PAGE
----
The Reflected Face as a Mask of the Self: An Appraisal of the Psychological and Neuroscientific Research About Self-face Recognition

Topoi 41 (4):715-730 (2022)
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This study reviews research about the recognition of one’s own face and discusses scientific techniques to investigate differences in brain activation when looking at familiar faces compared to unfamiliar ones. Our analysis highlights how people do not possess a perception of their own face that corresponds precisely to reality, and how the awareness of one’s face can also be modulated by means of the enfacement illusion. This illusion allows one to maintain a sense of self at the expense of a precise discrimination of self-face. The internal dynamics of different brain processes, associated with the construction of bodily identity and the sense of self and capable of integrating signals from different sensory channels, particularly visual and tactile, create a mirror-mask effect. According to this effect, the self-face reflected by a mirror becomes a mask for the self, which has the features of the subject’s face, but nonetheless does not correspond perfectly to its characteristics. This poses interesting questions about the nature and construction of one’s self, as self-face reflections allow the mind to mediate between analogue and virtual reality, between past and future events, between memories and plans of action and, most importantly, between beliefs about our identities.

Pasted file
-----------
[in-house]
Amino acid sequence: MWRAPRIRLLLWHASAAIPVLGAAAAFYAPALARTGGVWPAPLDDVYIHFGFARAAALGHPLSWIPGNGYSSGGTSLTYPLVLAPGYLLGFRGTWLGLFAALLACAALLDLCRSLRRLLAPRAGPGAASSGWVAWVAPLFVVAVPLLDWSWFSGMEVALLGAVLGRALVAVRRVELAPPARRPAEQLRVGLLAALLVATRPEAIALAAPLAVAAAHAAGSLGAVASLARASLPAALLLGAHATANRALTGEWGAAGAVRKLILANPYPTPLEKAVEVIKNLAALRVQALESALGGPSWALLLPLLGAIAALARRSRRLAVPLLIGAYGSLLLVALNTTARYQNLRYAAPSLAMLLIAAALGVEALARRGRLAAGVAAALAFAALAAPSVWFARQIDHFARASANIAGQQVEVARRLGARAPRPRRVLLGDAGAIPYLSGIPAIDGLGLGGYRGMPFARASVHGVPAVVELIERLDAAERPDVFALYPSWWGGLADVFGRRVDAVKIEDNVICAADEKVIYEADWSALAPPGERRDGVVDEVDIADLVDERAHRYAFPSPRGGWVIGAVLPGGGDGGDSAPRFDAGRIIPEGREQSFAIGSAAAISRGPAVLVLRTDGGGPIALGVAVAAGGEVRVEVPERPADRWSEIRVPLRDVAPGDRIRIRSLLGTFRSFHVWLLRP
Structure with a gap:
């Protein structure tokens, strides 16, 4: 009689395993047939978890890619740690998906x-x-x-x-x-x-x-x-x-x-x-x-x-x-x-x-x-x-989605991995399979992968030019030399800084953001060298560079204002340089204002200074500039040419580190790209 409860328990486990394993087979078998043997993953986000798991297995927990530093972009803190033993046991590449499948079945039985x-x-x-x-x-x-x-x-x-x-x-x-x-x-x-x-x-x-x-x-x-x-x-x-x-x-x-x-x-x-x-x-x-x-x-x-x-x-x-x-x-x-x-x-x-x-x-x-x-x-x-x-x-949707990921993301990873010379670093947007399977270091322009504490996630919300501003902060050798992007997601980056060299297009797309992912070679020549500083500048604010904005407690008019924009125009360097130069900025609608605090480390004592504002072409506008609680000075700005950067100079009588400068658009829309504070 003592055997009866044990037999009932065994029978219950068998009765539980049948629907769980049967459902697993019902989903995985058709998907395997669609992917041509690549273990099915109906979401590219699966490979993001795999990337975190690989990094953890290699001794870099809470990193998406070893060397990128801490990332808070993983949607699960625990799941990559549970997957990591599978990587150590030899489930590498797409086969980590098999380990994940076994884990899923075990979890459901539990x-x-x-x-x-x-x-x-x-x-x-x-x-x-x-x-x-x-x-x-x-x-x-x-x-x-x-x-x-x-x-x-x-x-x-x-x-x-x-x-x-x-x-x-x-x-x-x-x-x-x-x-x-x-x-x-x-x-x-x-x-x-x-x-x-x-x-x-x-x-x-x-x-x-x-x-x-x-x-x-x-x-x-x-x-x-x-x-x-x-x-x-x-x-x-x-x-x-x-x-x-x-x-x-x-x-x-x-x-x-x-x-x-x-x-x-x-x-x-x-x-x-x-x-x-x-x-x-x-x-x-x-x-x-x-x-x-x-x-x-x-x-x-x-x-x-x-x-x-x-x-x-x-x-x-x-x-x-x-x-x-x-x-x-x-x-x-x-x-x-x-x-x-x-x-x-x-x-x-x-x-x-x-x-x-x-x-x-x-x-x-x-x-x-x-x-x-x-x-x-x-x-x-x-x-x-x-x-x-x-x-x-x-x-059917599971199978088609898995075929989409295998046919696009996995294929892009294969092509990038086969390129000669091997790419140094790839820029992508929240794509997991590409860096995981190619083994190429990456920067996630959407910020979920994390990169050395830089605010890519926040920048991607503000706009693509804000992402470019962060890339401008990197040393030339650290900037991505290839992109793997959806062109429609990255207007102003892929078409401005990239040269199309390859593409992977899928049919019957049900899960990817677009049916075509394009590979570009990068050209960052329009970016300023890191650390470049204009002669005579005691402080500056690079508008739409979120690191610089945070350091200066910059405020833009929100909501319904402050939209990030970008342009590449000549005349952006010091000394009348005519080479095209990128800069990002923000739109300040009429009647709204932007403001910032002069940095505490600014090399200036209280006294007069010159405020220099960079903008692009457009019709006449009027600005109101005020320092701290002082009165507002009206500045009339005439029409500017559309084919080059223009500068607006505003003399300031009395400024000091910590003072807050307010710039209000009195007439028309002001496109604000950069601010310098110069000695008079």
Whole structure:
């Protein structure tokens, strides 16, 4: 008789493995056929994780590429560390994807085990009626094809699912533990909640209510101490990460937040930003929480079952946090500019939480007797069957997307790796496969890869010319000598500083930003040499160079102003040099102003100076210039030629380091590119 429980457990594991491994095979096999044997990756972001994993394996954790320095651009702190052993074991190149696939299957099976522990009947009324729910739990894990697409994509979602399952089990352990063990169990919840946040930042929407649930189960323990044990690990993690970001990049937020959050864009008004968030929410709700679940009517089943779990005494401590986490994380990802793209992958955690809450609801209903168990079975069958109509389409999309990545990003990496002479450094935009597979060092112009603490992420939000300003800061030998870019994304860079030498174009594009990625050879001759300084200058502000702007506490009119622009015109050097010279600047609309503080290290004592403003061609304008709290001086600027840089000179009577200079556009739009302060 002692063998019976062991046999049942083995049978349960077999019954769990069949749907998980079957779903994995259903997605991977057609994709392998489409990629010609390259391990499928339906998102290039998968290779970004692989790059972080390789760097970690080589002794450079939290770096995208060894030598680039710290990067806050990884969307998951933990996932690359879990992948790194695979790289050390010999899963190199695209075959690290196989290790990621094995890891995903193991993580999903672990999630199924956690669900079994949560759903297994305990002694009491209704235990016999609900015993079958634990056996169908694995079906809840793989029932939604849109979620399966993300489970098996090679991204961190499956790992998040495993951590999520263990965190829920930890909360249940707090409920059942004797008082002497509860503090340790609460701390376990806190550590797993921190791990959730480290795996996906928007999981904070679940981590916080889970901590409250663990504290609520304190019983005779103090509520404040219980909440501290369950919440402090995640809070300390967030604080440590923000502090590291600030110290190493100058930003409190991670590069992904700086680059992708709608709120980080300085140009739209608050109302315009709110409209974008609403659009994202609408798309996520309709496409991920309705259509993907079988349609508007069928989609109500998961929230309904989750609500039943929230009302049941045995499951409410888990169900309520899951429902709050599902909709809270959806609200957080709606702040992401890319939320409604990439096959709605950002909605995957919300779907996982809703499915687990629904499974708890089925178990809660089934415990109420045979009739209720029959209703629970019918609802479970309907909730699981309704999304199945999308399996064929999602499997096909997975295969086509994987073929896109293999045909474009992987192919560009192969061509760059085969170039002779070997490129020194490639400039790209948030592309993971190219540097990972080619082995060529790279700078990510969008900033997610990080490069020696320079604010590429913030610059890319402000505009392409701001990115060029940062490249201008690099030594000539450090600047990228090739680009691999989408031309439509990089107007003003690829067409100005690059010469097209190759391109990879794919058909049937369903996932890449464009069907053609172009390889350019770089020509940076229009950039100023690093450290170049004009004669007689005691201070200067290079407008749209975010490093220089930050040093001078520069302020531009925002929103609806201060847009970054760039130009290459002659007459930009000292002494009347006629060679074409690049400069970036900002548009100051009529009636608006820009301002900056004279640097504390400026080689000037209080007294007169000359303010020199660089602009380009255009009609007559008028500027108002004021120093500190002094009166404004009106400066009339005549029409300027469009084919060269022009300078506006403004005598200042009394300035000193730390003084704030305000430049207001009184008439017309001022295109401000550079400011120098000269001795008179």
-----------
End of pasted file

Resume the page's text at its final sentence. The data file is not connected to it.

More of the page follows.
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The Theory of Moral Sentiments.Adam Smith - 1759 - Mineola, N.Y.: Dover Publications. Edited by Elizabeth Schmidt Radcliffe, Richard McCarty, Fritz Allhoff & Anand Vaidya.
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The Principles of Psychology.William James - 1890 - Les Etudes Philosophiques 11 (3):506-507.

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